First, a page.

It was a Truly wild week in the tech industry as new details emerged about the collapse of cryptocurrency exchange FTX and Elon Musk kicked an ever-growing number of Twitter employees out of the company. Cryptocurrency tracers rushed to understand what happened to nearly half a billion dollars worth of cryptocurrency which was removed from FTX last weekend. It appears some of it may have been seized by Bahamian government authorities, but the mystery continues to unravel.
Meanwhile, the wheels are increasingly coming off the bus on Twitter. Earlier this week, for example, some users were not receiving vital two-factor authentication codes sent via SMS, and it’s not clear if the issue has been fully resolved. With its staff shortages and many upheavals, we took a look at what would be the impacts if Twitter suffered a massive data breach or another major security attack in this precarious moment.
New research indicates that telehealth sites too often jeopardize the data of drug addict patients, with tracking technology lurking on addiction-focused websites. And we have fourth part of the series “The Hunt for the Dark Web’s Greatest Kingpin”, which chronicles the rise and fall of the AlphaBay dark web market. This episode chronicles how law enforcement officers from the Dutch National High-Tech Crime Unit took over and ran the dark web market Hansa and follow US and Thai police as they were closing in on AlphaBay kingpin Alpha02 about to attempt a dramatic arrest.
But wait, there’s more! Each week, we highlight news that we haven’t covered in depth ourselves. Click on the titles below to read the full stories. And stay safe there.
A major hack and leak operation in Moldova has published alleged Telegram correspondence from at least two politicians, leading to a scandal and allegations of corruption. The site, called “Moldova Leaks”, also threatened to release more data on government officials and politicians. The site has published alleged messages from Moldova’s Justice Minister Sergiu Litvinenco and the President’s defense and national security adviser Dorin Recean over the past two weeks. Some of the conversations imply that other Moldovan officials won rigged elections or were improperly installed in office, and the leaks appear particularly aimed at undermining anti-corruption officials. Moldova’s pro-Russian political opposition has been quick to spread allegations based on the leaks that Litvinenco, Recean and others are to be removed from office.
The Moldovan Justice Ministry said the leaked data was stolen, but added that some of it had been manipulated. Litvinenco and other Moldovan government officials said Russia was behind the operation. “The purpose of this fake is to divert public attention from the real problems facing criminal groups in the Republic of Moldova and their links to foreign services,” Litvinenco said. writes on facebook. End of October, The Washington Post reported on efforts by Russia’s FSB security agency to undermine Moldova’s pro-European government.
Google will pay a total of $391.5 million to 40 US states following an investigation related to the tech giant’s user location tracking practices. The investigation, a collaboration between state attorneys general, looked at whether Google misled users and obscured its tracking activities. “Consumers thought they had turned off their location-based features on Google, but the company continued to secretly record their movements and use that information for advertisers,” Oregon Attorney General Ellen Rosenblum said. The Washington Post. “We have settled an investigation with 40 US state attorneys general based on outdated product policies that we changed years ago,” Google wrote in a blog post on Monday’s deal. “In addition to a financial settlement, we will be making updates in the coming months to provide even greater controls and transparency over location data.”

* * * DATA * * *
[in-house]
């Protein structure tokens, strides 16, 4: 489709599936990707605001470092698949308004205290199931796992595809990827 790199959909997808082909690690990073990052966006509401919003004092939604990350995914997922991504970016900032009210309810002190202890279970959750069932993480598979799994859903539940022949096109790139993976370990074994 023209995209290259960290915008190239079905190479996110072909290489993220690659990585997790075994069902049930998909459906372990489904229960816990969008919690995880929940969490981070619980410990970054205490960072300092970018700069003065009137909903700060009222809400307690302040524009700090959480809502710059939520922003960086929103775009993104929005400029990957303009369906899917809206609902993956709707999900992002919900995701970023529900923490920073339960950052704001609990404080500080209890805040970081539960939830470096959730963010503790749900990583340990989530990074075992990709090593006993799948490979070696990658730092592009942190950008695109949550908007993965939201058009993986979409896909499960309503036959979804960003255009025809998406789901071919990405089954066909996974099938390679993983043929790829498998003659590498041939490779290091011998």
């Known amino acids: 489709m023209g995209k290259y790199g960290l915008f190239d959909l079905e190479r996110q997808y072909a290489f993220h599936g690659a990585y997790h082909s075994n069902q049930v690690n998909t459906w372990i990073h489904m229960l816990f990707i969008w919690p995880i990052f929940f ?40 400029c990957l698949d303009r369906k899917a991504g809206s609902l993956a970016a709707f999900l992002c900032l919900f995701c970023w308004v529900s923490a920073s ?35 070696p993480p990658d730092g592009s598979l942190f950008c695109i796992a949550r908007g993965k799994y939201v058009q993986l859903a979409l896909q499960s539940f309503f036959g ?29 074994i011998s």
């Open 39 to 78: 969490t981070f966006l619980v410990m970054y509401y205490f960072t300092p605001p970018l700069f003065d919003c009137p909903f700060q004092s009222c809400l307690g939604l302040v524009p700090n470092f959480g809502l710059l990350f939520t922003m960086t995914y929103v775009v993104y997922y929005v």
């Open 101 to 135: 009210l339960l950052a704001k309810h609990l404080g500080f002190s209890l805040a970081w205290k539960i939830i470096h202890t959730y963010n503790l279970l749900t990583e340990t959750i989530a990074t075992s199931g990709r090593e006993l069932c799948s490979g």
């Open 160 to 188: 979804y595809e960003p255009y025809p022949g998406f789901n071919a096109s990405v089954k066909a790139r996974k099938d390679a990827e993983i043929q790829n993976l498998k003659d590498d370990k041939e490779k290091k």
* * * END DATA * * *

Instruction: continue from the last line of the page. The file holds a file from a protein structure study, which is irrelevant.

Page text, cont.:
Thousands of mobile apps on Google Play and Apple App Store include code modules from a company called Pushwoosh that claims to be based in Washington, DC, but which Reuters says is actually based in Russia. The Centers for Disease Control and Prevention incorporated the Pushwoosh code into seven of its public apps and removed the service after learning of Reuters’ findings. The CDC said it was misled about Pushwoosh’s headquarters. In March, the US military also removed an app used by soldiers at a major US combat training base because it incorporated code Pushwoosh. In US marketing materials and regulatory documents, the company claims to be based in California, Maryland or Washington, but it actually pays taxes in Russia and is headquartered in Novosibirsk in Siberia. The company apparently had around 40 employees and reported revenue of 143,270,000 rubles (around $2.4 million) in 2021. While it’s unclear whether Pushwoosh has ever abused its position in applications distributed in the United States or elsewhere, the Russian government has a proven record of “software supply chain attacks” for intelligence gathering as well as destructive attacks against its enemies.
Data and privacy regulators in Norway, France and Germany have all warned that World Cup participants should not download the two Qatar World Cup apps or should do so on a wiped device if necessary. Officials warn that the apps are invasive, collecting far more data than they should and more than they claim in their privacy policies. “One of the apps collects data about whether and with which number a phone call is made,” the German data protection commission said. said in an alert this week. “The other app is actively preventing the device it is installed on from going into sleep mode. It is also obvious that the data used by the apps not only stays locally on the device, but is also transmitted to a central server. The World Cup races start this weekend.